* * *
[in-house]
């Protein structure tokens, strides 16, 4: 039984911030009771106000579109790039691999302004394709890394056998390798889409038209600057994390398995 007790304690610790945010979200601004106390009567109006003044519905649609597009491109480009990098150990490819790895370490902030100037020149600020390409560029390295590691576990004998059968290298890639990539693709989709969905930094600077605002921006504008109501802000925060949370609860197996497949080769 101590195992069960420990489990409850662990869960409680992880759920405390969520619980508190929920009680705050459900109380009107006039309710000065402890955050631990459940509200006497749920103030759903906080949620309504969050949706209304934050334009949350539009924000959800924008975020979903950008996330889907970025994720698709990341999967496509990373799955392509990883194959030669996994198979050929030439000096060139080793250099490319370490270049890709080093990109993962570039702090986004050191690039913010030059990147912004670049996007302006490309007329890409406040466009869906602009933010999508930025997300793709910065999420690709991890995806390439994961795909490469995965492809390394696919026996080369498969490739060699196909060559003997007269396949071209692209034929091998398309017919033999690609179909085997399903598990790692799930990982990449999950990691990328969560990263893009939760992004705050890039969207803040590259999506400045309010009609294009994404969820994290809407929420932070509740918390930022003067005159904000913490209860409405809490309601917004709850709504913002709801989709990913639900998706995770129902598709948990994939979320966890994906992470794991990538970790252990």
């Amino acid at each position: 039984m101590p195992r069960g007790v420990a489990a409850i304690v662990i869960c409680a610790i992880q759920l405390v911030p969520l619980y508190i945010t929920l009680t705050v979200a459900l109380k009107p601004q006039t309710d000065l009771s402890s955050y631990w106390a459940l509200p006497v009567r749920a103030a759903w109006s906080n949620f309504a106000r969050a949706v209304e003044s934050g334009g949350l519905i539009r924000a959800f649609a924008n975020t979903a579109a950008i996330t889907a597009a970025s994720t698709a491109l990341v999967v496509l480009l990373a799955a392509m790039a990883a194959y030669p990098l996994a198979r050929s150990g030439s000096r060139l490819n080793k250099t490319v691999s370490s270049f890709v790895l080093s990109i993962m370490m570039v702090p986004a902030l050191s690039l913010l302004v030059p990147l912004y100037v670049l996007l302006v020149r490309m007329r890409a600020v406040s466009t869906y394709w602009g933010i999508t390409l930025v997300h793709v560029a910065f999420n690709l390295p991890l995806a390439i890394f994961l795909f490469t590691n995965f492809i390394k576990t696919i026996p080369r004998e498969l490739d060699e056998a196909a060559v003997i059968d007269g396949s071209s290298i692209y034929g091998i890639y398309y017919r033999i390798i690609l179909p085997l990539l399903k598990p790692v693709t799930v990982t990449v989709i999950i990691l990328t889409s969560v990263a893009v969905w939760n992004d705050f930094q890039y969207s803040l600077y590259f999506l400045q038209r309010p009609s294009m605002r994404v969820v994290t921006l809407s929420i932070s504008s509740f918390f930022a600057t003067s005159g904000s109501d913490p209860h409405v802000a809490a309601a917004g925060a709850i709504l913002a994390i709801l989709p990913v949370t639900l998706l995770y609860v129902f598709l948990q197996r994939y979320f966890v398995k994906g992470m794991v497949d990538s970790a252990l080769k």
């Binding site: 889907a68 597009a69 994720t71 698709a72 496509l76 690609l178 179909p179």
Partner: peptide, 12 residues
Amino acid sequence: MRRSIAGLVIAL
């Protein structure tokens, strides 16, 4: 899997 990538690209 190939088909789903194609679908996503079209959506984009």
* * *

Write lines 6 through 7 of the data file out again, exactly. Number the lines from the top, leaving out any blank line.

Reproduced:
Amino acid sequence: MRRSIAGLVIAL
């Protein structure tokens, strides 16, 4: 899997 990538690209 190939088909789903194609679908996503079209959506984009």